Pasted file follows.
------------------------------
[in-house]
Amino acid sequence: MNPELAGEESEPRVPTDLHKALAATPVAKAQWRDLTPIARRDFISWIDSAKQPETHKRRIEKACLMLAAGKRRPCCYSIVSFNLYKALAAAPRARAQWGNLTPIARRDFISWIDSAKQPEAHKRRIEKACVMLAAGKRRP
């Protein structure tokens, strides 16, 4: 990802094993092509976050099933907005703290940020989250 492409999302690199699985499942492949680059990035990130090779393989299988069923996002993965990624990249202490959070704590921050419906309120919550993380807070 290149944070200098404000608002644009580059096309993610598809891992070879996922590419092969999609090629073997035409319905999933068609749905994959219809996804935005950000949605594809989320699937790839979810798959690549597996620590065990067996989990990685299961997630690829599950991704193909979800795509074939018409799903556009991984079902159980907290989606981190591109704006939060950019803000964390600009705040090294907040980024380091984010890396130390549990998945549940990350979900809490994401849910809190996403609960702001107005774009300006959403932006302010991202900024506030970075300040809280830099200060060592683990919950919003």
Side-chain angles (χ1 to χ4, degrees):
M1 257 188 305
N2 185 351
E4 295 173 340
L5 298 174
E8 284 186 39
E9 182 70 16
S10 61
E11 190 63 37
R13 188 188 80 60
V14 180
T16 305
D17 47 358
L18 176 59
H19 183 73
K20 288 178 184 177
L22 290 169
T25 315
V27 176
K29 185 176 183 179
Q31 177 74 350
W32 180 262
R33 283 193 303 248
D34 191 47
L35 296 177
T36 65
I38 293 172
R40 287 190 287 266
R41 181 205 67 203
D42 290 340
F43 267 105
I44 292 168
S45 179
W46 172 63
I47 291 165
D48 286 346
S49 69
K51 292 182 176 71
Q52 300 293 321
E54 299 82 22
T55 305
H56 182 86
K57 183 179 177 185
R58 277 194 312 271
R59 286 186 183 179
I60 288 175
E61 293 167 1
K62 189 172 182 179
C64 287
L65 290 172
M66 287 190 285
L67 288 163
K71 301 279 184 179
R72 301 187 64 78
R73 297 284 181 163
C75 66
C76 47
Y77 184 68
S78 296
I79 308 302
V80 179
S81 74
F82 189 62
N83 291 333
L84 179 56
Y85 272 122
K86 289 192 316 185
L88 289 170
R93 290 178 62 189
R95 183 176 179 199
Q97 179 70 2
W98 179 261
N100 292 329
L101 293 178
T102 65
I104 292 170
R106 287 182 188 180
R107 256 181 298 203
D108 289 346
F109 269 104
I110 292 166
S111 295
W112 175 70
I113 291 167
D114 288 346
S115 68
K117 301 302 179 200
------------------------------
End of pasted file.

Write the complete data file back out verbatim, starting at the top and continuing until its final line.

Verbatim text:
[in-house]
Amino acid sequence: MNPELAGEESEPRVPTDLHKALAATPVAKAQWRDLTPIARRDFISWIDSAKQPETHKRRIEKACLMLAAGKRRPCCYSIVSFNLYKALAAAPRARAQWGNLTPIARRDFISWIDSAKQPEAHKRRIEKACVMLAAGKRRP
């Protein structure tokens, strides 16, 4: 990802094993092509976050099933907005703290940020989250 492409999302690199699985499942492949680059990035990130090779393989299988069923996002993965990624990249202490959070704590921050419906309120919550993380807070 290149944070200098404000608002644009580059096309993610598809891992070879996922590419092969999609090629073997035409319905999933068609749905994959219809996804935005950000949605594809989320699937790839979810798959690549597996620590065990067996989990990685299961997630690829599950991704193909979800795509074939018409799903556009991984079902159980907290989606981190591109704006939060950019803000964390600009705040090294907040980024380091984010890396130390549990998945549940990350979900809490994401849910809190996403609960702001107005774009300006959403932006302010991202900024506030970075300040809280830099200060060592683990919950919003």
Side-chain angles (χ1 to χ4, degrees):
M1 257 188 305
N2 185 351
E4 295 173 340
L5 298 174
E8 284 186 39
E9 182 70 16
S10 61
E11 190 63 37
R13 188 188 80 60
V14 180
T16 305
D17 47 358
L18 176 59
H19 183 73
K20 288 178 184 177
L22 290 169
T25 315
V27 176
K29 185 176 183 179
Q31 177 74 350
W32 180 262
R33 283 193 303 248
D34 191 47
L35 296 177
T36 65
I38 293 172
R40 287 190 287 266
R41 181 205 67 203
D42 290 340
F43 267 105
I44 292 168
S45 179
W46 172 63
I47 291 165
D48 286 346
S49 69
K51 292 182 176 71
Q52 300 293 321
E54 299 82 22
T55 305
H56 182 86
K57 183 179 177 185
R58 277 194 312 271
R59 286 186 183 179
I60 288 175
E61 293 167 1
K62 189 172 182 179
C64 287
L65 290 172
M66 287 190 285
L67 288 163
K71 301 279 184 179
R72 301 187 64 78
R73 297 284 181 163
C75 66
C76 47
Y77 184 68
S78 296
I79 308 302
V80 179
S81 74
F82 189 62
N83 291 333
L84 179 56
Y85 272 122
K86 289 192 316 185
L88 289 170
R93 290 178 62 189
R95 183 176 179 199
Q97 179 70 2
W98 179 261
N100 292 329
L101 293 178
T102 65
I104 292 170
R106 287 182 188 180
R107 256 181 298 203
D108 289 346
F109 269 104
I110 292 166
S111 295
W112 175 70
I113 291 167
D114 288 346
S115 68
K117 301 302 179 200